The above preview is unformatted text

This student written piece of work is one of many that can be found in our GCSE Great Expectations section.

Found what you're looking for?

  • Start learning 29% faster today
  • 150,000+ documents available
  • Just £6.99 a month

Not the one? Search for your essay title...
  • Join over 1.2 million students every month
  • Accelerate your learning by 29%
  • Unlimited access from just £6.99 per month

See related essaysSee related essays

Related GCSE Great Expectations essays

  1. What does Pip learn and how does he learn it during the course of ...

    Although he is given material wealth and taught table manners and how to speak in a different may, he loses much in the process. It is only through hardship, loss, and the example of Joe that he comes to humbly realise the worthlessness of his previous behaviour and the emptiness of his ambitions.

  2. Compare and Contrast Pips Life on the Marshes to his Life in London.

    Pip is currently in this process of moving psychologically but physically he is not quite there, as we see him looking down on Biddy more and more this means that he is a lot closer to moving away physically. He confronts Biddy and tells her of his desire to be a gentleman, which again shows him moving away.

  1. Pip wants to grow up to be a gentleman. Do you think he succeeds?

    It is a moment of humour again but it makes a serious point, ridiculing Victorian snobbishness. Event though Pip was brought up 'by hand', he was still brought up (by Joe) and the books shows that it is better that way, than not at all.

  2. An exploration of the ways in which issues of class and status are presented ...

    They have money, yet no title. Triningham may be in a difficult financial position as he lets the house that his family has owned for generations, he needs middle-class capital, but he is a member of the ancient aristocracy, a lifestyle of the landed gentry to which the Maudsleys aspire.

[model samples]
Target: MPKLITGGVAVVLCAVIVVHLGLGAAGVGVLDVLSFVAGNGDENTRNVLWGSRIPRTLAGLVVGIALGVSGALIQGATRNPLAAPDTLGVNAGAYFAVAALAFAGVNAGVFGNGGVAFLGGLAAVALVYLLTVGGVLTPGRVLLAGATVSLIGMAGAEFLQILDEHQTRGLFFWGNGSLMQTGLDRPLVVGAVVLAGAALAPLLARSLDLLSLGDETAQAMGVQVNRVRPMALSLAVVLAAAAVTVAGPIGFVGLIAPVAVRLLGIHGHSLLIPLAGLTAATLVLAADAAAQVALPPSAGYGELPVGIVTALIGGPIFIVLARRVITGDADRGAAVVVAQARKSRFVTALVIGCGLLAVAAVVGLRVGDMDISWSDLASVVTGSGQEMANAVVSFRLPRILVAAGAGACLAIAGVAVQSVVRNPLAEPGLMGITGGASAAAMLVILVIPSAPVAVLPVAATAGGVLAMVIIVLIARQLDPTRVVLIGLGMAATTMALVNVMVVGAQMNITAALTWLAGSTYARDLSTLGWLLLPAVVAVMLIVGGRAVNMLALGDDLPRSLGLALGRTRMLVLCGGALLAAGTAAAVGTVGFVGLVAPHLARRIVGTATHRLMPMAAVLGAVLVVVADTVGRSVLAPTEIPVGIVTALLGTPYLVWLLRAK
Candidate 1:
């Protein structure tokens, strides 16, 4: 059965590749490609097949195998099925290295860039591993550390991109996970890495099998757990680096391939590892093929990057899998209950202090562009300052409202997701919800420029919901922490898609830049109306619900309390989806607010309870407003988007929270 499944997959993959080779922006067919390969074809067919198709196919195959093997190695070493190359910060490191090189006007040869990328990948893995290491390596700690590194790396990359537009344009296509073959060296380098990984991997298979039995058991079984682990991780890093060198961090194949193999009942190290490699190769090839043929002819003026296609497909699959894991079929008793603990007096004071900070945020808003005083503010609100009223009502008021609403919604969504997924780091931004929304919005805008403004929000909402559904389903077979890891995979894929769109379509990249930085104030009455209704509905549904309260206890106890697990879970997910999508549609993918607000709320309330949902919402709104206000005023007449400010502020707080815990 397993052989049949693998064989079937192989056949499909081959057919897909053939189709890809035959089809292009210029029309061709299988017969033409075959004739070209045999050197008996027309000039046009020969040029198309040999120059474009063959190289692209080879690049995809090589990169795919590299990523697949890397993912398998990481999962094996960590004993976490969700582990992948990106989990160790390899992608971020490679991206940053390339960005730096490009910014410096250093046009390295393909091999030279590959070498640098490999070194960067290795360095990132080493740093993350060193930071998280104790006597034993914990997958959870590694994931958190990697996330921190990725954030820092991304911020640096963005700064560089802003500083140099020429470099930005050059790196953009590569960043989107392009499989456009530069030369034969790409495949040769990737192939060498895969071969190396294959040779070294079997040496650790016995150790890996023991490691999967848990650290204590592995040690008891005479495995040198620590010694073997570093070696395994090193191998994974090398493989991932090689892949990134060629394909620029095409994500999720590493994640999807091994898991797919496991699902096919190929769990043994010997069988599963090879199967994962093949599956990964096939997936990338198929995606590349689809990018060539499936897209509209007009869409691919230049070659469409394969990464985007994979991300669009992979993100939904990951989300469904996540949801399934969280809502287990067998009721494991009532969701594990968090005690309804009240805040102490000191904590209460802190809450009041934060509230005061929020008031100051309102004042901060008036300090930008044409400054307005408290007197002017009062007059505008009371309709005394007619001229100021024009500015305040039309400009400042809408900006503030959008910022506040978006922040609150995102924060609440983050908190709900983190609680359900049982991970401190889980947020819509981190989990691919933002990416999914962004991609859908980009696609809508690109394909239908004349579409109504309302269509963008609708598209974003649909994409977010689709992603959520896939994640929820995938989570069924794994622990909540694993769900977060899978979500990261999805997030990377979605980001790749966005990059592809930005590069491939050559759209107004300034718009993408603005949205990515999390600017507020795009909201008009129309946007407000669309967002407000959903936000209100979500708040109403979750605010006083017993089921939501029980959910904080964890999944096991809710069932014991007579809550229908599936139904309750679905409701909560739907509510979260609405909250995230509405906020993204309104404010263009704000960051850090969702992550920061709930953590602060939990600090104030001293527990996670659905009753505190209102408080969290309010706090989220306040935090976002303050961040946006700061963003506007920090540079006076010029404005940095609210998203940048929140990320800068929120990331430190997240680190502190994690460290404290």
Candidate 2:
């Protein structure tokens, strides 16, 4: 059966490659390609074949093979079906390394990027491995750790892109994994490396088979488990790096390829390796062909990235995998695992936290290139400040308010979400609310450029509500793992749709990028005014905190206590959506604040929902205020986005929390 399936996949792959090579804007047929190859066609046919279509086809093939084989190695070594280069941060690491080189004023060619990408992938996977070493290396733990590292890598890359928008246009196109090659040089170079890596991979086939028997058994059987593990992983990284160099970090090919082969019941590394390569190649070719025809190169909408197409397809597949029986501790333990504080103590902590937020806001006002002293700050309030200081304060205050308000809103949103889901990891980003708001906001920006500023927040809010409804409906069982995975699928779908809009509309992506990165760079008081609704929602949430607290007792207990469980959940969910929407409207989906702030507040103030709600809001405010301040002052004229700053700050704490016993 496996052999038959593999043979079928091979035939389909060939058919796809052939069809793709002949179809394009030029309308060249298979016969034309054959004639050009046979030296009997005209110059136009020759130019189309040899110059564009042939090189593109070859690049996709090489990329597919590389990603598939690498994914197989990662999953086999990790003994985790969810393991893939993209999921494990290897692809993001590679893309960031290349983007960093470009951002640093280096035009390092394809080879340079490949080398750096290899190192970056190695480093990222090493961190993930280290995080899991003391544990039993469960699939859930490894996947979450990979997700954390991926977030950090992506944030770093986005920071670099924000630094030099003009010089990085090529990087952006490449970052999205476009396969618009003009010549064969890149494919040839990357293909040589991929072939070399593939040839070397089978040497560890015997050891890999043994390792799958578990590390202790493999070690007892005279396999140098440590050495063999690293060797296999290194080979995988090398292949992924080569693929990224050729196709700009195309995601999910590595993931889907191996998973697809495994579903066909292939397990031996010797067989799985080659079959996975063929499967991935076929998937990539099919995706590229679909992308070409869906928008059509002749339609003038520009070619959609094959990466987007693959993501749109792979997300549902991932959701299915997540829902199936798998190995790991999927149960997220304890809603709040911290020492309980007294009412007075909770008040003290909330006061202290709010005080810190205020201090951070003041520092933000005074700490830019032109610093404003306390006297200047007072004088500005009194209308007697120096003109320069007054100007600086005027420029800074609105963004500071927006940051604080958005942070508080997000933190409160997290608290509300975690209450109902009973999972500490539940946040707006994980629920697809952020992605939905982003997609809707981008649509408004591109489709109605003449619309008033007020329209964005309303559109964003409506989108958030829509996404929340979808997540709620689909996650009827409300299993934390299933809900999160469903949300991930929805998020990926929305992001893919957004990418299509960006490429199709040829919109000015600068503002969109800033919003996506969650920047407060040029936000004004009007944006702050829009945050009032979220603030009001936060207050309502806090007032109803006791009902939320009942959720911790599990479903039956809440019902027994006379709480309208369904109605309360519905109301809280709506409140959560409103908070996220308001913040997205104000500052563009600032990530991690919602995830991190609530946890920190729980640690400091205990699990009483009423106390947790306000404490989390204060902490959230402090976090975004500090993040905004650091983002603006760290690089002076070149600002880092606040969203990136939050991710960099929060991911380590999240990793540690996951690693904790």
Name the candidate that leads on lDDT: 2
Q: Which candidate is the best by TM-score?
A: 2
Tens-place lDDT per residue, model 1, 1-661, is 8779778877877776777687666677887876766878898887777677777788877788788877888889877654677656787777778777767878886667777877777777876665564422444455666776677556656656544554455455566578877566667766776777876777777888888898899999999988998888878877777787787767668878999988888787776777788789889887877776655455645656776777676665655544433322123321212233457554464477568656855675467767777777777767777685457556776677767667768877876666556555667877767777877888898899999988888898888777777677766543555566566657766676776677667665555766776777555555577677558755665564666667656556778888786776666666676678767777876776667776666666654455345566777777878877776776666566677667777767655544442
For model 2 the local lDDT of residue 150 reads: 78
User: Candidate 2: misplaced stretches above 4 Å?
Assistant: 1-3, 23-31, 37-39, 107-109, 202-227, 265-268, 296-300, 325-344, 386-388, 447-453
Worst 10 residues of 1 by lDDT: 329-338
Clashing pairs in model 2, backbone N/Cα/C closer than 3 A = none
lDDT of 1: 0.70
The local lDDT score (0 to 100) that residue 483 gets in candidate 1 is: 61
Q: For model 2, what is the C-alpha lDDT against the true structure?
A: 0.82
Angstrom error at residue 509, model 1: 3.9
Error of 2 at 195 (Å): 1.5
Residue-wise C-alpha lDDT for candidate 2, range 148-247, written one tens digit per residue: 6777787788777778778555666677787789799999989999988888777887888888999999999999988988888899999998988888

1. Analyse how Dickens presents the characters of Miss Havisham, Estella, Biddy and Mrs Joe ...

    She isn't content with the life she has. She wants more that being a facilitator to Joe. The "pins and needles" - paint a violent picture, warning everyone away from her. She could also be dong this as she is afraid of losing Joe, as she lost both her parents

  2. Compare the ways Dickens presents the characters of Estella and Biddy in 'Great Expectations'.

    A bit later on in the first section, after Pip has met Estella, his opinions change a little. He thinks she is a bit ugly and domestic.- "She is not beautiful". He is comparing her to Estella.- "could not be like Estella".

  1. How do circumstances cause characters to change?

    He looked "shrewdly" at Pip, swings his purse and plays with his money. This is a foresight into the sort of people Pip will be mixing with but he cannot see that in London people will be snobbish and inconsiderate to others.

  2. How does Dickens use characters in Volume One to present the themes of 'Great ...

    because if she loved Estella, she would want a happy and loving future for her with a devoted and affectionate husband - Pip, rather than a broken heart due to a loveless marriage with Beau Drummel, who only married her to make Pip jealous.

  • Over 160,000 pieces
    of student written work
  • Annotated by
    experienced teachers
  • Ideas and feedback to
    improve your own work